Knicks’ Leaders Talk Defense and Tiptoe Around Puzzle of Carmelo Anthony

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“I’ve been in communication with Carmelo,’’ Mills said. “I think we will be a good developing team if Carmelo is part of the team. We’ll be a good developing team if he isn’t. We’ll be in constant communication with Carmelo and his camp, and we’ll come to some resolution that works well for both us.’’

To some extent, Mills may have been posturing, as he does not want to make it look as if the Knicks are desperate to unload Anthony, which would make it harder to get anyone of value in return.

Mills did give a definitive answer about Anthony when he was asked if the Knicks might buy out the remaining two years of his contract, at more than $50 million, to guarantee his departure.

Phil Jackson appeared to support this option before he was recently ousted as the Knicks’ president, which allowed Mills to move up from general manager to succeed him and opened up a spot for Perry to join the organization. But Mills said Monday that the Knicks would definitely not buy out Anthony.

Photo

Carmelo Anthony checking into a game in April. The Knicks say they will not buy out his contract.

Credit
Frank Franklin II/Associated Press

The Knicks, Mills made clear, want something in exchange for letting Anthony go, which left the situation unresolved. But other matters on Monday seemed more clear cut.

Although the Knicks were a poor defensive team last season, when they were 31-51, defense will be the team’s No. 1 priority in the coming season, Mills, Perry and Hornacek agreed.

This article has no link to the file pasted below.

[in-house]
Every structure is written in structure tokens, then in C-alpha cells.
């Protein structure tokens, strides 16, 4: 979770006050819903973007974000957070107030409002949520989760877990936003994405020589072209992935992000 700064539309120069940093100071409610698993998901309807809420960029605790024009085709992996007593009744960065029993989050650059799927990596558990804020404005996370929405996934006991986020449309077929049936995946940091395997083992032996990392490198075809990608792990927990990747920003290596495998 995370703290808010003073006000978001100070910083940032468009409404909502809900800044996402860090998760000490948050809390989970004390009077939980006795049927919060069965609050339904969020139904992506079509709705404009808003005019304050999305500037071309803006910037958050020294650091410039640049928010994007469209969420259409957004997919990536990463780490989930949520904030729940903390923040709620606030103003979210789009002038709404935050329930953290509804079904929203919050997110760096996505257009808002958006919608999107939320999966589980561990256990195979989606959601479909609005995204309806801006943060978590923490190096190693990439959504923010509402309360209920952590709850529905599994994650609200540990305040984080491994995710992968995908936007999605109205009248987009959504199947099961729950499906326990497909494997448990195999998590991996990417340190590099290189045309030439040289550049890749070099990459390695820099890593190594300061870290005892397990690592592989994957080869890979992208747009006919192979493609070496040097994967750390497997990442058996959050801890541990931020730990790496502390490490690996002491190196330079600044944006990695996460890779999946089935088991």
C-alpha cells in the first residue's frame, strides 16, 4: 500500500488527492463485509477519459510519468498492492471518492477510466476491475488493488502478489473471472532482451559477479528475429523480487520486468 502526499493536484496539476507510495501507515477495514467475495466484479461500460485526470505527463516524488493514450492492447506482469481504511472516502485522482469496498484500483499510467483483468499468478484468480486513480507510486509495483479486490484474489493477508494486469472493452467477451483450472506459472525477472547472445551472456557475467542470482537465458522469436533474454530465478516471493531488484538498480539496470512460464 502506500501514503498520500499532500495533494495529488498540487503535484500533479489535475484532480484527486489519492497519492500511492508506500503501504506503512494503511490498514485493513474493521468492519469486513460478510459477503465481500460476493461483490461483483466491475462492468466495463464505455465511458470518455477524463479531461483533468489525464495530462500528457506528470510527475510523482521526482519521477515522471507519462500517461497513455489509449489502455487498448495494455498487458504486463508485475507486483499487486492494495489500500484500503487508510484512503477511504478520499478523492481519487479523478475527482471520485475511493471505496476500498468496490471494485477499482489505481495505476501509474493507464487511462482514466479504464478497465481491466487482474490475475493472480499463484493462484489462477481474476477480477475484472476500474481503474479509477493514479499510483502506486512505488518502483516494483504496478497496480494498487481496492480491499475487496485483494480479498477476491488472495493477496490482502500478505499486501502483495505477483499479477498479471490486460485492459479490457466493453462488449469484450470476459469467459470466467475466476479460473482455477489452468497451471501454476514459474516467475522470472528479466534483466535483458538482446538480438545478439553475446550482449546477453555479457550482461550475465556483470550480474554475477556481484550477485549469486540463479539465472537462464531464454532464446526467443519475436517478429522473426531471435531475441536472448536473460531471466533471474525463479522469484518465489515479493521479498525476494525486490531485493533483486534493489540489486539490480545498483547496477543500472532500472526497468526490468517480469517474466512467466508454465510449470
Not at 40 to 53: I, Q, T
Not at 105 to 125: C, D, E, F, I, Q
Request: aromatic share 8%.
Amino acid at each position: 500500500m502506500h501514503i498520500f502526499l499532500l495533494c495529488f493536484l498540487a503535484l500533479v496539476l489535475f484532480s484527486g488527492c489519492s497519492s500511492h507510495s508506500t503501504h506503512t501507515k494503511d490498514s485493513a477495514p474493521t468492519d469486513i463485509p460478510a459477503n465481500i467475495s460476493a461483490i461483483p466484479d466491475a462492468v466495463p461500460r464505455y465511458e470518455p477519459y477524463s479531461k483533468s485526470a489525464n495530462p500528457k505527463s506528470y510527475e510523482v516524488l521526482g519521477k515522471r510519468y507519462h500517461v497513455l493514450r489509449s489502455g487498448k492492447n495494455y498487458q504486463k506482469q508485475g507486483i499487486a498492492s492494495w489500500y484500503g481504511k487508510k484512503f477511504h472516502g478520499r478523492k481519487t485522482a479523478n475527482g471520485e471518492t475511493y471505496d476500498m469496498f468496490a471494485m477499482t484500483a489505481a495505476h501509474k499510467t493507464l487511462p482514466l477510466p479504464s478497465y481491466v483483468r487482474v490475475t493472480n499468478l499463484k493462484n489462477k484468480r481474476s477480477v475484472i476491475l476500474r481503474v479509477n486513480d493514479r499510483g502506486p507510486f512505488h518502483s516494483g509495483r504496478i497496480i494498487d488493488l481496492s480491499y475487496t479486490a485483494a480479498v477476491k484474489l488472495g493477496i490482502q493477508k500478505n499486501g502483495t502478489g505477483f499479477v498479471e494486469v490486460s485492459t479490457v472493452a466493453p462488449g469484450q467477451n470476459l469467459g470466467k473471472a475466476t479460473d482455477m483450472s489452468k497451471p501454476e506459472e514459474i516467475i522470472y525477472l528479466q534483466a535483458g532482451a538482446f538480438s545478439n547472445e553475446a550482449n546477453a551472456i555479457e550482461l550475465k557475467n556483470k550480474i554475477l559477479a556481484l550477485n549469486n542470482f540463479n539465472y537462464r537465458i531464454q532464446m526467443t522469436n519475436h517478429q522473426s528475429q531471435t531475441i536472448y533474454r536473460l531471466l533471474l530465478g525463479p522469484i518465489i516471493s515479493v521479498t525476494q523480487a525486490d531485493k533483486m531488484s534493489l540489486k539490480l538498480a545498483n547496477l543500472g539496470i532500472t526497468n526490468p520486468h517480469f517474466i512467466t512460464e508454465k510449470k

Hornacek used the word “scrappy’’ to describe the style of play he wanted the Knicks to adopt and, he talked about his players diving for balls more than they did last season and taking more charges on the defensive end.

Mills kept talking up youth and athleticism and that key word of the day — defense. They were not necessarily the words that were stressed in recent seasons, when the emphasis was on the triangle offense so beloved by Jackson.

But they were the words on Monday as Mills, no longer Jackson’s No. 2, tried to carve his own path.

“Those are the things we need to do if we want to build a sustainable organization,’’ Mills said. “That’s what we have to do, and obviously we’re in a situation now where that hasn’t been the case.’’

As for Perry, 53, a veteran N.B.A. executive who most recently worked for the Sacramento Kings, Mills said he would have the leeway to make his own hires and put his own stamp on a front office that has struggled to make the Knicks competitive.

“I think we’ll be partners in that in the sense that he’ll come to me with his recommendations and we’ll debate it back and forth,” Mills said. He said Perry was someone with whom he had a rapport.

Perry described his new role as a dream job. His wife, Kim, and their daughter, Chelsea, who just moved to Brooklyn, sat in the front row and other family members were present, too.

“I have to pinch myself sometimes realizing I’ve received this opportunity,” Perry said.



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